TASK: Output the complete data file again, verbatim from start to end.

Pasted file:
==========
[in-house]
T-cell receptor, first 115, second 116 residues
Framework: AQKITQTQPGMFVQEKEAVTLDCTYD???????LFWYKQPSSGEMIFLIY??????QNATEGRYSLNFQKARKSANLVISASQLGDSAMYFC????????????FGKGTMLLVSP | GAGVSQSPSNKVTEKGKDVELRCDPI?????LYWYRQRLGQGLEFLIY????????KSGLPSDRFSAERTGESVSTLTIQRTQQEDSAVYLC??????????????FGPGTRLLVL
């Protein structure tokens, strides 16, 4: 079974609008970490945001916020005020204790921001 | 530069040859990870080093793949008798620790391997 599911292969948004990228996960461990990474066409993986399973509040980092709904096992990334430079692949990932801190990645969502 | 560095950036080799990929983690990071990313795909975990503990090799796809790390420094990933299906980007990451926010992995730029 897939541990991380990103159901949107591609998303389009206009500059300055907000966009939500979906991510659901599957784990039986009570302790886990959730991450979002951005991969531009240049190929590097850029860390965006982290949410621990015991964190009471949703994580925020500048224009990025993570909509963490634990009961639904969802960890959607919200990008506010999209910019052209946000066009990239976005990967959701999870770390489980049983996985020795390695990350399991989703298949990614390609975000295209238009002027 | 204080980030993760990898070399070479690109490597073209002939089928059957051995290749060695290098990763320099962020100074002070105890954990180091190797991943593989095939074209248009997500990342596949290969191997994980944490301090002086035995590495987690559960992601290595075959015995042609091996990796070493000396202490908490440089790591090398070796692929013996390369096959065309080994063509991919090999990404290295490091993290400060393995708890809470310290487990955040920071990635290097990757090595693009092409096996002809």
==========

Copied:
[in-house]
T-cell receptor, first 115, second 116 residues
Framework: AQKITQTQPGMFVQEKEAVTLDCTYD???????LFWYKQPSSGEMIFLIY??????QNATEGRYSLNFQKARKSANLVISASQLGDSAMYFC????????????FGKGTMLLVSP | GAGVSQSPSNKVTEKGKDVELRCDPI?????LYWYRQRLGQGLEFLIY????????KSGLPSDRFSAERTGESVSTLTIQRTQQEDSAVYLC??????????????FGPGTRLLVL
């Protein structure tokens, strides 16, 4: 079974609008970490945001916020005020204790921001 | 530069040859990870080093793949008798620790391997 599911292969948004990228996960461990990474066409993986399973509040980092709904096992990334430079692949990932801190990645969502 | 560095950036080799990929983690990071990313795909975990503990090799796809790390420094990933299906980007990451926010992995730029 897939541990991380990103159901949107591609998303389009206009500059300055907000966009939500979906991510659901599957784990039986009570302790886990959730991450979002951005991969531009240049190929590097850029860390965006982290949410621990015991964190009471949703994580925020500048224009990025993570909509963490634990009961639904969802960890959607919200990008506010999209910019052209946000066009990239976005990967959701999870770390489980049983996985020795390695990350399991989703298949990614390609975000295209238009002027 | 204080980030993760990898070399070479690109490597073209002939089928059957051995290749060695290098990763320099962020100074002070105890954990180091190797991943593989095939074209248009997500990342596949290969191997994980944490301090002086035995590495987690559960992601290595075959015995042609091996990796070493000396202490908490440089790591090398070796692929013996390369096959065309080994063509991919090999990404290295490091993290400060393995708890809470310290487990955040920071990635290097990757090595693009092409096996002809």